People have more empathy for abused puppies and dogs than they do for adult humans who have been abused, a new study suggests.
However, empathy for abused children was about the same as that for puppies and dogs, the study found.
Researchers surveyed 240 college students and asked them to read one of four versions of a fictional news article about a brutal beating. The wording in articles was the same, except for the identity of the victim, which was either: an infant, an adult in his 30s, a puppy or a 6-year old dog. Participants then rated their level of empathy for the victim.
Participants had higher levels of empathy for the abused child, puppy and dog than they did for the abused adult, the study found.
The researchers had hypothesized that younger victims would receive more empathy, regardless of species. Instead, they found “Age makes a difference for empathy toward human victims, but not for dog victims,” the researchers wrote in their study abstract, which will be presented this week at the American Sociological Association meeting in New York.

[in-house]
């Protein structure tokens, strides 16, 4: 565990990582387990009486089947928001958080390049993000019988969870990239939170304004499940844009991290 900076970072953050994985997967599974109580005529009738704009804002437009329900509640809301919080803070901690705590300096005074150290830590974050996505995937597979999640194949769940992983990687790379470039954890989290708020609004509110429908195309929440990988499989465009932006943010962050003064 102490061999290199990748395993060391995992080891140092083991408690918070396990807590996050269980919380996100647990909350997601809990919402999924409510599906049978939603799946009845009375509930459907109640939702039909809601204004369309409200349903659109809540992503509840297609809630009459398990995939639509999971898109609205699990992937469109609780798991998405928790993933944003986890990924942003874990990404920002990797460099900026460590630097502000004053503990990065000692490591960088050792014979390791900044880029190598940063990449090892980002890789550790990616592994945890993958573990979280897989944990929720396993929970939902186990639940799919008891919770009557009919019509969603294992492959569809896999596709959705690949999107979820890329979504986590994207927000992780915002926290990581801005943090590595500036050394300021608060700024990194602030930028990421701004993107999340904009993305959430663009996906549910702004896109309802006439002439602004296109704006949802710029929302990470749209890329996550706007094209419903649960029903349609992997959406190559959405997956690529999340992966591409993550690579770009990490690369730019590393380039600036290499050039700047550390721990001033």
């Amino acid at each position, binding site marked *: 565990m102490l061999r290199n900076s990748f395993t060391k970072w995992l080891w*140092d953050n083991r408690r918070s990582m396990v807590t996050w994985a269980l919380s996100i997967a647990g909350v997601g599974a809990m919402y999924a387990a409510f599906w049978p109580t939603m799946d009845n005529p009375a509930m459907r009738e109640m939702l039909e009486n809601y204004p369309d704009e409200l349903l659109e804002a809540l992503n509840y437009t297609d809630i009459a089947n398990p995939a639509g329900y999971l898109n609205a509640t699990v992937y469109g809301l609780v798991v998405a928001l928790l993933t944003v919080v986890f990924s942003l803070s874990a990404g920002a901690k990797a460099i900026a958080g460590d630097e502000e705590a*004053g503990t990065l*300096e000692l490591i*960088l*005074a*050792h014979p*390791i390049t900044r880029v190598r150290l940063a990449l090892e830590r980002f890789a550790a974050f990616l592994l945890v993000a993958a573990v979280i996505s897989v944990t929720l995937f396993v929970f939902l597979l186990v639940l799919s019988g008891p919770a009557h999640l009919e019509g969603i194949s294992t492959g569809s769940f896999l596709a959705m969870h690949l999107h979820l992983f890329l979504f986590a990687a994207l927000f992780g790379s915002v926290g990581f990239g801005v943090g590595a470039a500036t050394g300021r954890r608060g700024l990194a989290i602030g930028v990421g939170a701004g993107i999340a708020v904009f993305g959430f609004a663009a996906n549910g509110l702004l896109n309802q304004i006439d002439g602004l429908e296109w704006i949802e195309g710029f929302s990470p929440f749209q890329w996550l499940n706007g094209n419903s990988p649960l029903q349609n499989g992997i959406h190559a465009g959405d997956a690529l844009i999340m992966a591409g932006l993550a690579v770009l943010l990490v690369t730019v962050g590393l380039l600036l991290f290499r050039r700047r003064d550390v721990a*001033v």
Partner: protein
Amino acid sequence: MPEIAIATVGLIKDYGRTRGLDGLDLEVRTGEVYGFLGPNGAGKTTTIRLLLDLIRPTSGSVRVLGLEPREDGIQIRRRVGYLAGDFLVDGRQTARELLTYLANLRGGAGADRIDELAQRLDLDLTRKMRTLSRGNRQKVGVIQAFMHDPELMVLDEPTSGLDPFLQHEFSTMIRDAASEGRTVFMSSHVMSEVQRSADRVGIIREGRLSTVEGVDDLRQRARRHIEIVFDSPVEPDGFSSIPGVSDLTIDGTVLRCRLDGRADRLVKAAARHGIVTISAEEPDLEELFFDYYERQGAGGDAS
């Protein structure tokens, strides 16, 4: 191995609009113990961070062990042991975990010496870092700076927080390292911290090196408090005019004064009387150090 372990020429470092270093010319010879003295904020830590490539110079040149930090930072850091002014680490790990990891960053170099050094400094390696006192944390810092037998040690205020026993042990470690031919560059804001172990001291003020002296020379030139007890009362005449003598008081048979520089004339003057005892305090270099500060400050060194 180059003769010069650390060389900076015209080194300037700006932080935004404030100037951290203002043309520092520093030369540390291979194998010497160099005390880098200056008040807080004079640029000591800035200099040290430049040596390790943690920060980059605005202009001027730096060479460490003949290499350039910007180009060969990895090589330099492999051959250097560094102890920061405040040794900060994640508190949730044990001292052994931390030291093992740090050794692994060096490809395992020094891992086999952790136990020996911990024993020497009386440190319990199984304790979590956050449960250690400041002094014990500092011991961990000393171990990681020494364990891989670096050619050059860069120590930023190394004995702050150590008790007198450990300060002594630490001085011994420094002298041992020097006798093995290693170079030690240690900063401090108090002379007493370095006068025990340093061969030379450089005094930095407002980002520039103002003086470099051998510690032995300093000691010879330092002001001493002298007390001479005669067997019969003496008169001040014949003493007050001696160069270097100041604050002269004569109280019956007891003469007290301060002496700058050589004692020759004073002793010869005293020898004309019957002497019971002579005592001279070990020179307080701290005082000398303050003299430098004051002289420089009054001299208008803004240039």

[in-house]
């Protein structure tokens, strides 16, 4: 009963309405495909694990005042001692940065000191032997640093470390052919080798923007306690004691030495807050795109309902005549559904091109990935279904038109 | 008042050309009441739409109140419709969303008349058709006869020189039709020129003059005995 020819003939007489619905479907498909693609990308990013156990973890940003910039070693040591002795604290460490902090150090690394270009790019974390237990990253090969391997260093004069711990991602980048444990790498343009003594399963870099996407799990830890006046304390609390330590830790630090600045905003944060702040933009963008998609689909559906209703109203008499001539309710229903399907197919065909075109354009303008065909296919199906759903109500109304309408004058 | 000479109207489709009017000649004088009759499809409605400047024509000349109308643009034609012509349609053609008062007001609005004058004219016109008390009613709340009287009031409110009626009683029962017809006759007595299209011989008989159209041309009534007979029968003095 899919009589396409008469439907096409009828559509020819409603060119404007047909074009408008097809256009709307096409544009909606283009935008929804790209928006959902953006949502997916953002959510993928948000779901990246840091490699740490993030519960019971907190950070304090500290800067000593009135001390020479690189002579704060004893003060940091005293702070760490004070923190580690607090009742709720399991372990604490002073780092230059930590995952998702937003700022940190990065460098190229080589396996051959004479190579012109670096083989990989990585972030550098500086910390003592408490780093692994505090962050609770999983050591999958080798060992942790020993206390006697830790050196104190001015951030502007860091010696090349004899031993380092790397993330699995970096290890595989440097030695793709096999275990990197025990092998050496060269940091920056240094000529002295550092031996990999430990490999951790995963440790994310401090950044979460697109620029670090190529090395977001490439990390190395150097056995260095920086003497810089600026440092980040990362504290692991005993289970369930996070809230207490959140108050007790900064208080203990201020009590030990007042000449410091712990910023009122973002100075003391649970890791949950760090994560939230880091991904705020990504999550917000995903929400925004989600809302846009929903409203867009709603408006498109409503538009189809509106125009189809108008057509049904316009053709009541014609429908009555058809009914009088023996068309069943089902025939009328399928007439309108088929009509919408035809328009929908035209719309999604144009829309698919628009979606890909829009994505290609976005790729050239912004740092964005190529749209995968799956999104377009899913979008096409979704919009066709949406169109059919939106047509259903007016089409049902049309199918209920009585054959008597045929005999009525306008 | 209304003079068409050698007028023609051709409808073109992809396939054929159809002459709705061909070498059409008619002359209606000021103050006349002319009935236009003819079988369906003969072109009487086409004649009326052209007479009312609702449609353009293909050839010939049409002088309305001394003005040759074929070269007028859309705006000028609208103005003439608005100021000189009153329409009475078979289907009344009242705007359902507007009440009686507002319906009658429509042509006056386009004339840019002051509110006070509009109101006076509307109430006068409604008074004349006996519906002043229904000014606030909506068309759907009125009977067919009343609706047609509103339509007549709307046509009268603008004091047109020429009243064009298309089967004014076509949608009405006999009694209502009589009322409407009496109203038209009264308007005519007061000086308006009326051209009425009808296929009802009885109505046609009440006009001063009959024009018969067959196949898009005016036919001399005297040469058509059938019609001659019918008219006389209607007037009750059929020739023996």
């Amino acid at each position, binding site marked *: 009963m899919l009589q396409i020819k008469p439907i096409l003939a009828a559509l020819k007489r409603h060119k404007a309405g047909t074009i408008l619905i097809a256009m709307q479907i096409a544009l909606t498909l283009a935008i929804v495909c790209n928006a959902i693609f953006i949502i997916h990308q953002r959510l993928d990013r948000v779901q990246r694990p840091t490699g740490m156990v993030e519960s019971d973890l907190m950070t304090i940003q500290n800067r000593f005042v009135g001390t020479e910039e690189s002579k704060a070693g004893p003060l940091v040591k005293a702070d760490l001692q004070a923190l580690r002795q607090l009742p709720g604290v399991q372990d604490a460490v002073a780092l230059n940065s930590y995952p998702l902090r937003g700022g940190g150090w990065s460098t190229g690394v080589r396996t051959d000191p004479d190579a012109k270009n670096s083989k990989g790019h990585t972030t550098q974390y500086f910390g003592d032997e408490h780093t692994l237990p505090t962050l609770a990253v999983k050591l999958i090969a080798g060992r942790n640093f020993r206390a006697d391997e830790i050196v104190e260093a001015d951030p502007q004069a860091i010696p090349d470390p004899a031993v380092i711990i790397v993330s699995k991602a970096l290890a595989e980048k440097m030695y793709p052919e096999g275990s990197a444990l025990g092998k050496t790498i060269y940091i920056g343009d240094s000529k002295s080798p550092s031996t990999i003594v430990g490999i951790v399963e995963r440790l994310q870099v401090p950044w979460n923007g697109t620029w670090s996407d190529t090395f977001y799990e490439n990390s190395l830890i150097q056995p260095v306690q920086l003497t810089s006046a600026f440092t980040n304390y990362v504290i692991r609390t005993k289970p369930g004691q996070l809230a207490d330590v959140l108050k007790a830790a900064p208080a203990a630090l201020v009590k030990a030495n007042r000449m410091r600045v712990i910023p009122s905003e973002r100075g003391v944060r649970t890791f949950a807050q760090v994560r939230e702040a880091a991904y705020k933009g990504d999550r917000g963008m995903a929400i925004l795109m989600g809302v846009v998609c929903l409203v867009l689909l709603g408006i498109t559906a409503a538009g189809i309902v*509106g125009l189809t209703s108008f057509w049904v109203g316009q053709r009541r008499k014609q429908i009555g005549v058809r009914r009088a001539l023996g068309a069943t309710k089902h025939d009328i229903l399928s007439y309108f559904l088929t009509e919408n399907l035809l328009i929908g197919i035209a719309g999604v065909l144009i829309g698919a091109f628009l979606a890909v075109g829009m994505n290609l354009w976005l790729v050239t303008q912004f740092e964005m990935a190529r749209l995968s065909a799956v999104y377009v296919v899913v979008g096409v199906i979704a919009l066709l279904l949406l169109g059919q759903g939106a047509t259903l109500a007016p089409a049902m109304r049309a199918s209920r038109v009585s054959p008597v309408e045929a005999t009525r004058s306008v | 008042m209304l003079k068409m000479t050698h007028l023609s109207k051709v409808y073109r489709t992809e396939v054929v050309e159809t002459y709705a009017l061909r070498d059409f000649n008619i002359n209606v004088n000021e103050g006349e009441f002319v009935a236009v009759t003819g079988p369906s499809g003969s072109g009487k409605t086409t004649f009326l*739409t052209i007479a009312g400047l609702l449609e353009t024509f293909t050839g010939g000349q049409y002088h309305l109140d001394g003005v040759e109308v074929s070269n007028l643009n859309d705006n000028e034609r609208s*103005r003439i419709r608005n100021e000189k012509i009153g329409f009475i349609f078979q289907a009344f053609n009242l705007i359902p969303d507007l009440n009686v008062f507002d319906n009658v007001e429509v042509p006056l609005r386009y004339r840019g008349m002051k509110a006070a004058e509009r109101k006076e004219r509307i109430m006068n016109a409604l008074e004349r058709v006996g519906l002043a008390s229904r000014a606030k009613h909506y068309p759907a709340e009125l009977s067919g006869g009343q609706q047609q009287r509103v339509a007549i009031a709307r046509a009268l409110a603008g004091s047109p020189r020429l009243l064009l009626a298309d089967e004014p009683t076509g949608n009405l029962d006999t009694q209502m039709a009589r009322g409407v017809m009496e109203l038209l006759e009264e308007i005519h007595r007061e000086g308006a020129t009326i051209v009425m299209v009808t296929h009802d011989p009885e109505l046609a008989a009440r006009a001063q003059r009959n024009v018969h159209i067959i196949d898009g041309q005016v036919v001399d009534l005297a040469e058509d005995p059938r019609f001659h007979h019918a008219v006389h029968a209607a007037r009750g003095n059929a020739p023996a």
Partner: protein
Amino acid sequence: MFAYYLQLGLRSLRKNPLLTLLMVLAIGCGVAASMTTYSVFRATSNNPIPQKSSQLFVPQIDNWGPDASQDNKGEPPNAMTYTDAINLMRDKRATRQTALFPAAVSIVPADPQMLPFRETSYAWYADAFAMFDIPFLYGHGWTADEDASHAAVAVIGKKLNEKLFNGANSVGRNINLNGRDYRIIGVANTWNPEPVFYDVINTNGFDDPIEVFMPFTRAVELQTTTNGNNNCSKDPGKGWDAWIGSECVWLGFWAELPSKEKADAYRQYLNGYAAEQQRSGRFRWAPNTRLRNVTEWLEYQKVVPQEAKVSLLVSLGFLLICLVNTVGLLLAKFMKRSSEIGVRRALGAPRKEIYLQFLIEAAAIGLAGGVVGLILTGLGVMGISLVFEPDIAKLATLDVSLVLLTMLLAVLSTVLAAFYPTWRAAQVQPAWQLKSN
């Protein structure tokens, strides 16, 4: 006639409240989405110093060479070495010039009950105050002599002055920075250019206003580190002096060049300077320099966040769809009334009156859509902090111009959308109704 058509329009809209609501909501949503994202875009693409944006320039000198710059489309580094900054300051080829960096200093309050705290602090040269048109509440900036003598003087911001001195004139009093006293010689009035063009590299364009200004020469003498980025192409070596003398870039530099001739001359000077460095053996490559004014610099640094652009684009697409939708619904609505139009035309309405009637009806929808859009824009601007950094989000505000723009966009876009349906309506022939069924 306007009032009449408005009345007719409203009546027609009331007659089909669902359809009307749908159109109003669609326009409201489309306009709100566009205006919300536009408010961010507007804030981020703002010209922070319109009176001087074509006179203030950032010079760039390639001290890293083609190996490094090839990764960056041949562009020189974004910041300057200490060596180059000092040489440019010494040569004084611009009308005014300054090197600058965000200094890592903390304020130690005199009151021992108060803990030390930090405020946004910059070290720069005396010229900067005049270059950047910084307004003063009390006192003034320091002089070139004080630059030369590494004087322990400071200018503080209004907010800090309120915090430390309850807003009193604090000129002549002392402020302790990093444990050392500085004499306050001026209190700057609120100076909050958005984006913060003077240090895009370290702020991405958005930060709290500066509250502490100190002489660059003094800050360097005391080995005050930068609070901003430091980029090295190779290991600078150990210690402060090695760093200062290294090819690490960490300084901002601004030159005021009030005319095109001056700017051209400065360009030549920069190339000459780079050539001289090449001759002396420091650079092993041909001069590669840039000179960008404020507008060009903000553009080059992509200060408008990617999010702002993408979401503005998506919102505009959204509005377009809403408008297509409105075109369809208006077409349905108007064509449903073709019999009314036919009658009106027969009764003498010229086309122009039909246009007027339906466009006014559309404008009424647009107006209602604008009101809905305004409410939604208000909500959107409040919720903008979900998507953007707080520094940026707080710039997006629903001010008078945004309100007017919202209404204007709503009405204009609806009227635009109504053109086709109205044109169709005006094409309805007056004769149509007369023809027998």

“The fact that adult human crime victims receive less empathy than do child, puppy, and full-grown dog victims suggests that adult dogs are regarded as dependent and vulnerable, not unlike their younger canine counterparts and kids,” study researcher Jack Levin, a sociology and criminology professor at Northeastern University in Boston, said in a statement.